I decided today I wanted to go back and find past material to post. But then found myself wanting to write about process. About letting go of writing a book and grabbing onto what feels like a larger canvas which is this website.
When I think back to the book writing effort which was years long and relatively recent, I think mostly about how intensely lonely it was. And also how impossible, too. There has been enormous shame in being unable to write a book about this Sandbox. To just summarize it with the right “voice”, to balance the trauma I experienced as a child with the trauma I experienced as an adult in therapy.
I seemed unable to find the voice—the one voice—the one way—to express everything.
I seemed unable to contain it in a traditional book form.
Despite now expression flying off my fingertips and onto the page, I have felt huge failure and shame. An inability to express and to show and to grasp who I am.
I remember going to an art event where a friend had some work being shown. My ears were infected from swimming. And I couldn’t hear properly. I felt underwater and unwell. In contrast to me, this friend was alive, donating the proceeds of her sales to an animal shelter I used to volunteer for.
And I felt so…ashamed.
Unable to really have the energy to volunteer anymore.
Unable to explain why I stopped volunteering.
Unable to admit that my dog’s traumatic paralysis where she lost her beautiful gait, still hurts me.
Unable to say that I’d begun to process some childhood trauma in a unique way in writing and had, through really no fault of my own, therapeutic trauma thrown on top of it.
I was unable to see any of this as growth.
I felt only shame.
Shame that I could no longer volunteer and shame that I couldn’t say why exactly.
This art opening was held in a dark and cavernous place, loud music playing. And I was secretly crying without even having to hide for no one could see me.
No one could hear me.
I was crying for the blind effort that was me everyday in this Sandbox.
Me compelled to do the work.
And me, failing constantly to write a book about it all, benched at life's sidelines indefinitely.
S, sometimes when we take a time out from our life which is what you have been doing the time-out becomes a time-for-change. You are shifting. The only way to shift authentically at this point in your life has been to, for lack of a better word, come to terms or at least to face more all that is truly and deeply inside you. The denial you have lived in, for fifty years, S, is beginning, ever so slightly——to come to an end.
Have faith in your Sandbox. Have faith in your Parts. Have faith, S, in you.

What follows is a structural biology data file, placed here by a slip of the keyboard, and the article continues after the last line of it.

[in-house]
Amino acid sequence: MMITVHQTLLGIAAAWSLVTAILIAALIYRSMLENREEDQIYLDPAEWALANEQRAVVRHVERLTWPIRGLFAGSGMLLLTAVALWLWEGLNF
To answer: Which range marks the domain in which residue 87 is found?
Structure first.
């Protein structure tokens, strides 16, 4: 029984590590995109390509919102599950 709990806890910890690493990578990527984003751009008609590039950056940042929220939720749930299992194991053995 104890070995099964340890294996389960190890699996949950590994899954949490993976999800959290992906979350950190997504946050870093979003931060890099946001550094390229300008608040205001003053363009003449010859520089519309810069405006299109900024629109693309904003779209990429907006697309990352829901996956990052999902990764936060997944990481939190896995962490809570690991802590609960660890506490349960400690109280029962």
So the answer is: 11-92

Whether there’s an A above the dialogue, an MLG, a B or a Shard—it’s all you.
Rome wasn’t built in a day.
Coming together is about a comfortable ownership. Not about separation. It takes time, S. It takes time.
I seemed to think that it would all be worth it if I could someday deliver to that nine year old in the garage the book she wanted so badly to write—me there with those blank sheets of paper, not knowing what to say, only knowing that maybe someday I could be a writer.
It was a fantasy, I think.
Out of all this lava erupting from within, out of all this trauma could come beauty.
If only I could write this book, I seemed to be saying unconsciously to myself for years and years…if only…
And Not Gods I have tried.
On my knees, I have tried. And tried. And tried.
I took the first twelve hundred pages and sliced them down to 750. Then to 450. Then to 275. Then to 110.
Six months and I did it.
And then another six months to take another three thousand pages and bring them down to 150.
And then, I put it all together only to see that I failed.
That after all that I still had nothing—nothing good to show for the effort.
Until maybe the day relatively recently that I realized that I’d been seeking the wrong container to empty myself into or canvas to splash myself onto.
A book has a beginning and an ending; a narrative that you must generally stick to. One page after another. This is how it's done, how it goes.
But apparently it’s not how I go.
I go back and forth. I switch from narrative to flow to narrative and back again.
Maybe this work, a wild horse, doesn’t wish to be relegated to a single track.
This work wants to gallop and trot and meander wherever my heart deems necessary.
Maybe this work is exactly where it needs to be right now, unbridled, authentic, asking for me in this moment to release some tears for the effort and pain of what it has required of me for these past four years.
Maybe this work is asking not for a canvas or container but to be limitless, like a horizon as you look out onto the ocean, a golden field as far as the eye can see.